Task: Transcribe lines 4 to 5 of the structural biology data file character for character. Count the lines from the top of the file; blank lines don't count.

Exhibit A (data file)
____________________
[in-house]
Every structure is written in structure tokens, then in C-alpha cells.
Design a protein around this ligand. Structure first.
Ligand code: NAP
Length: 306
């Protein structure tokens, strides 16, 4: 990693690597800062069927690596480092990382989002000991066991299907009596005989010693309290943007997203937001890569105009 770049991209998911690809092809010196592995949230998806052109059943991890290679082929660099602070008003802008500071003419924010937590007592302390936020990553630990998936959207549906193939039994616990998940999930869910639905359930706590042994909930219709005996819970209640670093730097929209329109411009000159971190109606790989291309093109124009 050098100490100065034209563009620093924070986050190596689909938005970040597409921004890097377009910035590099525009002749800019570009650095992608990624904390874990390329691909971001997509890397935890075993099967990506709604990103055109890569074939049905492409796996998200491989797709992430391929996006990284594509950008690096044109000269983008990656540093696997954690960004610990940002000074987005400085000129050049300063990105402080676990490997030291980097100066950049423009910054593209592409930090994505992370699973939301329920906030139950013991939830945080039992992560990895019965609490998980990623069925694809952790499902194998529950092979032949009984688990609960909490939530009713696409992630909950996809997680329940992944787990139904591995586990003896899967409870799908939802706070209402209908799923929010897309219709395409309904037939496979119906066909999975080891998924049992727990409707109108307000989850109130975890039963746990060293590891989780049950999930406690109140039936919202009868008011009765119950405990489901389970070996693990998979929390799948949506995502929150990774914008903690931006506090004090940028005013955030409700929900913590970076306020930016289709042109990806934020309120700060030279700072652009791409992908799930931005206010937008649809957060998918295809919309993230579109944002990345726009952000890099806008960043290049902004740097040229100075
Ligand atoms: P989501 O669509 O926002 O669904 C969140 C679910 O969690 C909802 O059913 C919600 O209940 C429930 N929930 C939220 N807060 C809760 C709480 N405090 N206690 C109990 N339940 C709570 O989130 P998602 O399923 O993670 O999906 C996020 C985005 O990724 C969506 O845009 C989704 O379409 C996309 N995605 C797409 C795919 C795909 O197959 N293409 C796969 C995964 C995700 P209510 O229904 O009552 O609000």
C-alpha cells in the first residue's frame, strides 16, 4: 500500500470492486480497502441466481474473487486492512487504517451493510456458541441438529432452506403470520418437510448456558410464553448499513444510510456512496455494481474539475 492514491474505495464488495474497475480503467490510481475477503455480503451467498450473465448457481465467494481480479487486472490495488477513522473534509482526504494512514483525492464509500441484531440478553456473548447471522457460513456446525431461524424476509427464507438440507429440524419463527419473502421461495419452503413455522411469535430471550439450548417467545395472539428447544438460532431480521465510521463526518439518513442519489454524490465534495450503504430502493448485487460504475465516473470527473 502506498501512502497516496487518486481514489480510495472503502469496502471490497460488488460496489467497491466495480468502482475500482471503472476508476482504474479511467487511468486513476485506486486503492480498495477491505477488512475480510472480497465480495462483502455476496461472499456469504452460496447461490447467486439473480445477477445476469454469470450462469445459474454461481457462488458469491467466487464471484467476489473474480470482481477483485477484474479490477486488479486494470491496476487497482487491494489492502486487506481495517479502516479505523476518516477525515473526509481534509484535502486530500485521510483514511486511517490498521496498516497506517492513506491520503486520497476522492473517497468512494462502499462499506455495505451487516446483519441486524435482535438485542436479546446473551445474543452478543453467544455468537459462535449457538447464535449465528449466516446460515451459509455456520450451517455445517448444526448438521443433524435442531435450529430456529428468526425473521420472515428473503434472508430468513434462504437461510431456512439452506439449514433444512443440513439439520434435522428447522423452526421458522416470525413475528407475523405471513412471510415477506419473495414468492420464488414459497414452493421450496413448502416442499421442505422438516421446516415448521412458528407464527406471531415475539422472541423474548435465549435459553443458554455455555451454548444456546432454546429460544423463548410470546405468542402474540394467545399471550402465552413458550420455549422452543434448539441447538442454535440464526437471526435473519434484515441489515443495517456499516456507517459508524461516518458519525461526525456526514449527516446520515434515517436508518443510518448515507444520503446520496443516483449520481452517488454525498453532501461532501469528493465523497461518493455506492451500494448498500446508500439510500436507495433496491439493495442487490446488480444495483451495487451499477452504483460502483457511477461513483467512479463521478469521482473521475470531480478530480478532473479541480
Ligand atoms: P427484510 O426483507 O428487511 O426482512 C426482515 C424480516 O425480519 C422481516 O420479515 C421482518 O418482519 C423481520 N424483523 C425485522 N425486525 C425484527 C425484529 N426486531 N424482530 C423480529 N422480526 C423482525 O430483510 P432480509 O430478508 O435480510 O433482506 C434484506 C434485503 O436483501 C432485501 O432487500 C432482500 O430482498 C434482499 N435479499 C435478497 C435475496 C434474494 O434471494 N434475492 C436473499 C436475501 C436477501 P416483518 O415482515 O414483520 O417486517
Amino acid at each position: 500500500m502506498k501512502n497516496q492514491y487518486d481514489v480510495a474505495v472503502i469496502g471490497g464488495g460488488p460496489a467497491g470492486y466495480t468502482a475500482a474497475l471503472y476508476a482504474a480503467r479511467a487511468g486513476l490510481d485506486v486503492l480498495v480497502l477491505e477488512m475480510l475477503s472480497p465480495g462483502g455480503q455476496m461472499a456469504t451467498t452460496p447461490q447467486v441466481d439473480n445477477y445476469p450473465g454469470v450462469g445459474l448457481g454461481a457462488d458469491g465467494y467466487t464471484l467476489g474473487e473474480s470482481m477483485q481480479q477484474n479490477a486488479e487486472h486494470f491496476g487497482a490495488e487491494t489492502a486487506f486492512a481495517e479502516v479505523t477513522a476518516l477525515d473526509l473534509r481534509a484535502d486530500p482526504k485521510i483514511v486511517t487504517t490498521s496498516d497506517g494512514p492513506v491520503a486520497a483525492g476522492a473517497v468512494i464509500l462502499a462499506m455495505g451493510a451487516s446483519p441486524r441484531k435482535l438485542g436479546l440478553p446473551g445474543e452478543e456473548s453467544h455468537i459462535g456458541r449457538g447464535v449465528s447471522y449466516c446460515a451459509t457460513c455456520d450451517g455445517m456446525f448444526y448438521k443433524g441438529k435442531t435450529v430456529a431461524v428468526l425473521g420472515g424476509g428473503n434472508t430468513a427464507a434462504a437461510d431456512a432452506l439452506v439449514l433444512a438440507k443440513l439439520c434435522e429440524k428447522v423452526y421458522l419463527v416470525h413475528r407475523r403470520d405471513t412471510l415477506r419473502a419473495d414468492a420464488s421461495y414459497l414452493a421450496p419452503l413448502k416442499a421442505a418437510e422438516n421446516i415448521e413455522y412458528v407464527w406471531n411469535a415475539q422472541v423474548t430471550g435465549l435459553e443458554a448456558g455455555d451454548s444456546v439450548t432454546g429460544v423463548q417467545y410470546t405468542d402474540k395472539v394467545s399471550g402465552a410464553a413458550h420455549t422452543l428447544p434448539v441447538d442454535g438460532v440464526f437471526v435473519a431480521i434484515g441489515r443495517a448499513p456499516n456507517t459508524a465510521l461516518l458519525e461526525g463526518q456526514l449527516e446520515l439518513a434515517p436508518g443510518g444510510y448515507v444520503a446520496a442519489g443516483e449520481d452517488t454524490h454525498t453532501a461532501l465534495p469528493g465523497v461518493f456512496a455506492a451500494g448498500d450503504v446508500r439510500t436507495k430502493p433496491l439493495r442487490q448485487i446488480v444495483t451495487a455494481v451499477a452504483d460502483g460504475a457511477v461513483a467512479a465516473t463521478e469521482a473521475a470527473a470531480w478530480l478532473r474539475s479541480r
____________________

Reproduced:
Ligand code: NAP
Length: 306